Bagan is best explored by e-bike, and there are tons of shops that will rent you a little battery-powered scooter for a few dollars a day. The temples are scattered around, and you’ll need to ride a few km to get between the main complexes.

Beautiful bagan temples at sunset
Temples at sunset

NOTE: you should really get up in the morning to see the temples. The sun rises around 6, and you want to be sitting up on top of a temple by then! Sunset is good too, but it’ll be crowded. If you go in the morning you’ll be all by yourself!

But be careful on the scooters! Some of them are not in great shape (one guy’s back tire blew out immediately), and the pot holes on the street can send you flying. While I was there two people crashed their bikes and came back to the hostel with fairly nasty injuries – and they had to fly back to Bangkok to get medical care!

trusty electric bike in myanmar
My trusty e-bike out in the temples in the morning

Other than the temples, there’s not much to do in the surrounding town. It’s fairly touristy for Myanmar, with western restaurants and souvenir shops – but nothing like Thailand.

Finally: go to the famous city of Mandalay

From Bagan, the former capital city Mandalay is a short 4 hour bus ride away – my ticket was less than $10. The buses are pretty comfortable, and there’s a short stop at a restaurant along the way. It also seems to be pretty common for the buses to drop you off right at your hostel/hotel, which is convenient.

NOTE: most bus companies will pick you up at your hostel in a truck and drive you to the main bus station. So if a pickup truck shows up and you’re told to get in back, don’t worry! You’ll get a real bus for the trip to Mandalay. Although if you want to ride in a pickup the whole way you can, and it’ll be bumpy and cheap.

Mandalay looks run down when you first arrive, but there’s lots to see and do here. There really aren’t many tourists, though, so housing options are more limited than in Yangon – I stayed at the Ostello Bello Mandalay, which was one of the few hostels in the city when I was there (not sure why the Ostello Bello chain has a monopoly on hostels in Myanmar!).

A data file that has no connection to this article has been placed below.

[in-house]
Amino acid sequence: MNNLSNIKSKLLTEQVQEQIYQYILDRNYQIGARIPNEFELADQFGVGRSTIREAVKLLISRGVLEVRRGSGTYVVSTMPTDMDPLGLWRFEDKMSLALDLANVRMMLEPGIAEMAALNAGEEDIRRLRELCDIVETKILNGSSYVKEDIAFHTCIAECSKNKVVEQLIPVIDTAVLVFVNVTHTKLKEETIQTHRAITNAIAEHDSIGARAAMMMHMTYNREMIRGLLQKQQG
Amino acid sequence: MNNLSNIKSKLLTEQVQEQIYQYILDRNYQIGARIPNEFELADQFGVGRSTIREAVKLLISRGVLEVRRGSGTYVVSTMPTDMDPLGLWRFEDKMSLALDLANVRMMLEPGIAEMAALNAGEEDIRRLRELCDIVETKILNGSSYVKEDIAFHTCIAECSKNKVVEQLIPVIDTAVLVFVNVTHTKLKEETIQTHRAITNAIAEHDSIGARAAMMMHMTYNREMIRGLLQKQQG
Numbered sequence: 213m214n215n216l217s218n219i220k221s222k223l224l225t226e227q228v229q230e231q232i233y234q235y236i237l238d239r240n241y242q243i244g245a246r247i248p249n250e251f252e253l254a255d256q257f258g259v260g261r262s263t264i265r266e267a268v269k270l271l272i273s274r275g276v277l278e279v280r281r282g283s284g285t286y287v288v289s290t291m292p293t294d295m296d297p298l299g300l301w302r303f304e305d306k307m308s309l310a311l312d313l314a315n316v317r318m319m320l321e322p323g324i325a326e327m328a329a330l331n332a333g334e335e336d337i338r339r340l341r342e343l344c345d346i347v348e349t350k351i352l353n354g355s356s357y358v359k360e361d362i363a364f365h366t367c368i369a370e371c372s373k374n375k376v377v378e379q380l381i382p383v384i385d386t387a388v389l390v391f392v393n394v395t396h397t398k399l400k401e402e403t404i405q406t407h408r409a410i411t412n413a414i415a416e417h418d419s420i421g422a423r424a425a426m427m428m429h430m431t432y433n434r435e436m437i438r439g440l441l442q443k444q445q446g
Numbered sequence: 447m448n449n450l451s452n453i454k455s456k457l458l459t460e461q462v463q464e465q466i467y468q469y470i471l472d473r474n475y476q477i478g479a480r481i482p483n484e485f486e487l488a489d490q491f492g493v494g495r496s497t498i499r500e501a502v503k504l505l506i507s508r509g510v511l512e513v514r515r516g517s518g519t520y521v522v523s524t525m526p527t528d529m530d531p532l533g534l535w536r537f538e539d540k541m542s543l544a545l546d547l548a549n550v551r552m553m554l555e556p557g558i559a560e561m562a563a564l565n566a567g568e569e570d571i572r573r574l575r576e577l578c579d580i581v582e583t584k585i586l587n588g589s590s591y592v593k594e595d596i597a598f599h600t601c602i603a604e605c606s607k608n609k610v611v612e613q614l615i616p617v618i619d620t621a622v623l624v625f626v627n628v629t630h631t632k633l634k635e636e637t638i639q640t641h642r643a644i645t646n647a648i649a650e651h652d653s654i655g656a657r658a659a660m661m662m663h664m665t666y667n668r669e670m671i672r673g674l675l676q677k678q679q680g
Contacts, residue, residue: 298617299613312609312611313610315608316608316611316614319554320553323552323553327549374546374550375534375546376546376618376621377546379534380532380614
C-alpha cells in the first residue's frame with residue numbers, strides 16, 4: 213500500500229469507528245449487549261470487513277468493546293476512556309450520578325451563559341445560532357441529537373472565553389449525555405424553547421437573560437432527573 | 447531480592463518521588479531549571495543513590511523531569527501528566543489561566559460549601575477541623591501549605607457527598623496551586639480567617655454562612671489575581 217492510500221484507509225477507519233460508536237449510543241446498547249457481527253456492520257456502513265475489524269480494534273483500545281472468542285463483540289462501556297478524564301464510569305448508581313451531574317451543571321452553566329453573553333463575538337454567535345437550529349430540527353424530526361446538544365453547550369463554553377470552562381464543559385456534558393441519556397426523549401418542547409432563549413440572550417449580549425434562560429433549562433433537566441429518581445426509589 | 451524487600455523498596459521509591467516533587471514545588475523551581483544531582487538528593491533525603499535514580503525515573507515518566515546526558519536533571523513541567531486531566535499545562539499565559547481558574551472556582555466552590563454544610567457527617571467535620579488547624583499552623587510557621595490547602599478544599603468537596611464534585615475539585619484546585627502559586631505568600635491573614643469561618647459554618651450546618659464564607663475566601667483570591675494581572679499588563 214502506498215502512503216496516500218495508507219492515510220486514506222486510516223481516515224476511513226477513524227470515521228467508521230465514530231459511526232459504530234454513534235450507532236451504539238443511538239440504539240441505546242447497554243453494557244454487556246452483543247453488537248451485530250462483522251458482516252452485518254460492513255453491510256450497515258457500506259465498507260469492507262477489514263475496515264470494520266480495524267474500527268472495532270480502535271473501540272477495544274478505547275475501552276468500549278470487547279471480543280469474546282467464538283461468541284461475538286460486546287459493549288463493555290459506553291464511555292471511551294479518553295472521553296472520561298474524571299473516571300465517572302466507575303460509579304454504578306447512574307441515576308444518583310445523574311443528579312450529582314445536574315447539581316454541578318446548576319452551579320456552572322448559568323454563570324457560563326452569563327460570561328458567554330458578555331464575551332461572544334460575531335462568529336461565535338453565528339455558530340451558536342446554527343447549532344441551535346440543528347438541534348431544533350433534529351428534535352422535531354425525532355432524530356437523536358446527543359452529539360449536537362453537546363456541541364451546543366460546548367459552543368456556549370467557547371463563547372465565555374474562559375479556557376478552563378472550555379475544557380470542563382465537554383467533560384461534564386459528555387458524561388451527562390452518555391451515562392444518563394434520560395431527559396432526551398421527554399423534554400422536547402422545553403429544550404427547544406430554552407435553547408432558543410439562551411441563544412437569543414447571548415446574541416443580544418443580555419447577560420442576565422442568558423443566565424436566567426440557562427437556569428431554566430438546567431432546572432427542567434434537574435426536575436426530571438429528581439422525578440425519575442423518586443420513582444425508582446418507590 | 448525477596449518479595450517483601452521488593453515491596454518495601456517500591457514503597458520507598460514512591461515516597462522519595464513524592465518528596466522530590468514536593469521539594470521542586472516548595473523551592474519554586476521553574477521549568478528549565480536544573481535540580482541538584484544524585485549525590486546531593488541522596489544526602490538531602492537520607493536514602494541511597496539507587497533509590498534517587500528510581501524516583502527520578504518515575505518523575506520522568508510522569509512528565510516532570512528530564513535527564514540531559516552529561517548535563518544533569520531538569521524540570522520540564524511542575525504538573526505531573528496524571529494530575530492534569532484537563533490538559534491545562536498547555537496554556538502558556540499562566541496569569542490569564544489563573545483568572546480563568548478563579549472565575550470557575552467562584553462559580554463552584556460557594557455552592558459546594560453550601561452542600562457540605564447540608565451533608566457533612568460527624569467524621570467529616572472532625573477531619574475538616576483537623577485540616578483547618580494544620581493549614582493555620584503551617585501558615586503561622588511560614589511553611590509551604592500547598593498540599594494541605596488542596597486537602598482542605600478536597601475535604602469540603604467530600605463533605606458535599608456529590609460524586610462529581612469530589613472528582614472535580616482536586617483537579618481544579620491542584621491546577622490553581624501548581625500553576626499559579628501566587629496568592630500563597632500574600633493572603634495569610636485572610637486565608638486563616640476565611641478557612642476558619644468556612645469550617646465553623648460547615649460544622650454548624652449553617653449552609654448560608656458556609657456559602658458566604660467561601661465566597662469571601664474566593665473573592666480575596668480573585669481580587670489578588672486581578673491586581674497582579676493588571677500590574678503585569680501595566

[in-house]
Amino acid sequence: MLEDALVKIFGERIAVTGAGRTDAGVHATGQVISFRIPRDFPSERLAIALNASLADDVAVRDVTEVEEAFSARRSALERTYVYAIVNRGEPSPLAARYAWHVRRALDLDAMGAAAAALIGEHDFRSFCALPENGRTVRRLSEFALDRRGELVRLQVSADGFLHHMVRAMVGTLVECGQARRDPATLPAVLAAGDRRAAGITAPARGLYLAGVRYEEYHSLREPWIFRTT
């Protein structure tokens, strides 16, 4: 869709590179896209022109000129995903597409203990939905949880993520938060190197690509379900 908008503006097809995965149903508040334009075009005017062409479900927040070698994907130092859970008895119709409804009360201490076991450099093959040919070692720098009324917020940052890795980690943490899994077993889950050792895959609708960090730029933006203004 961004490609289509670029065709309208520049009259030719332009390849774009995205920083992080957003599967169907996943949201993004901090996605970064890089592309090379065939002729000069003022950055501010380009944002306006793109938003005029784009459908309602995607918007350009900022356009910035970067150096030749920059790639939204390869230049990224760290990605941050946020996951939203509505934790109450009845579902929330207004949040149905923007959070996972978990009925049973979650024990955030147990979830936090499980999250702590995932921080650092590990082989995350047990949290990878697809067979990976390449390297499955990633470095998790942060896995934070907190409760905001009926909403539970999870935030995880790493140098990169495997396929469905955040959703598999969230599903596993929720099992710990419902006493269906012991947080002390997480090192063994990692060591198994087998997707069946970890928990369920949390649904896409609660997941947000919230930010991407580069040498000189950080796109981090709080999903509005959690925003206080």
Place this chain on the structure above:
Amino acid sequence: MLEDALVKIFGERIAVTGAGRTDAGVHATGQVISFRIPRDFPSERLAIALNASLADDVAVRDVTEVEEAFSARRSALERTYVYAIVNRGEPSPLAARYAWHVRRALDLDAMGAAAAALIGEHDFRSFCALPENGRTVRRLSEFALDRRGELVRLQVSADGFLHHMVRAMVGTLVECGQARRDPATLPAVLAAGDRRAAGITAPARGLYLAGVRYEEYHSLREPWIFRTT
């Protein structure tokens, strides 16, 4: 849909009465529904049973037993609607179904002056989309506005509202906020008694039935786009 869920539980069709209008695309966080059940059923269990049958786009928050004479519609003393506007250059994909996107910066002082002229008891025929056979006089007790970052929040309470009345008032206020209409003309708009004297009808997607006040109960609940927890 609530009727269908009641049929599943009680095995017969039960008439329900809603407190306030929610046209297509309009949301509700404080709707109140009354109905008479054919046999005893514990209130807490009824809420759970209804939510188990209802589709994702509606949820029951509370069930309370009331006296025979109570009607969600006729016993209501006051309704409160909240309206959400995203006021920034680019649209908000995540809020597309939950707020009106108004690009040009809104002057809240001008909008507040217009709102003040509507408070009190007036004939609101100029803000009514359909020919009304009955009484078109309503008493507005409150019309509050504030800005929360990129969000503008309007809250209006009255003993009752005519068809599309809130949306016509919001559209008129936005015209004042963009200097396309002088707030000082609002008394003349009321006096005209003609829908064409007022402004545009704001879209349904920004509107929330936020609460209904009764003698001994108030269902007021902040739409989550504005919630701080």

rice fields
Endless flooded rice fields seen from the Sandamuni Pagoda at the top of Mandalay Hill

The first thing you should do is head to Mandalay Hill, which towers over the otherwise flat city. You can walk along the road to the top, which takes about 45 minutes, or hop in a pickup or on a motorbike taxi for $1 or less. At the top you’ll find Sandamuni Pagoda, an elaborate complex with small food stands, the temple, and a large area where you can look out over the city and the surrounding rice fields. Don’t miss it!

There’s also the Mandalay Palace, and the famous U-Bein bridge, which is beautiful at sunrise or sunset. Most of these sites are pretty far apart, but the city is actually pretty walkable. There are fewer highways than in Yangon, and there are tons of cafes and small restaurants where you can stop for a coffee along the way! But if you’re tired of strolling, you can get super cheap taxis (negotiate in advance of course), or you can rent a bike or motorbike for a few dollars.

That’s it! If you have more time in Myanmar there are tons of additional places to see, in particular Inle Lake. And you can also take a boat trip from Bagan to Mandalay, which is my top thing to do if I manage to get back to Myanmar!

Been to Myanmar? What was your favorite place? Let us know!